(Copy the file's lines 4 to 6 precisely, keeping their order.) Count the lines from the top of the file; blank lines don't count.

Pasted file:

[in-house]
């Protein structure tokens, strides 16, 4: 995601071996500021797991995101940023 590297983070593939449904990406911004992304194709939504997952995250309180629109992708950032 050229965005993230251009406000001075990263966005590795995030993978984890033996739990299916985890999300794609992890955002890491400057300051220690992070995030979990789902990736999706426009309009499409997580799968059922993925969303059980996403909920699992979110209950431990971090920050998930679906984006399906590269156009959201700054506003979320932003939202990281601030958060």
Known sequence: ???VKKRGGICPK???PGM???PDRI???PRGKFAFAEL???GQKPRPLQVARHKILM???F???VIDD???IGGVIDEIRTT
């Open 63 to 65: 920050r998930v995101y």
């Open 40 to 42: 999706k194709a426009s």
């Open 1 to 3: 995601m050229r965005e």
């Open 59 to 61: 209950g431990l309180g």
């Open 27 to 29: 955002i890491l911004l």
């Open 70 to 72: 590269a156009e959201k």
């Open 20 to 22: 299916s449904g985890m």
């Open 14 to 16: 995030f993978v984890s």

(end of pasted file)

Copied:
């Open 63 to 65: 920050r998930v995101y």
């Open 40 to 42: 999706k194709a426009s």
């Open 1 to 3: 995601m050229r965005e």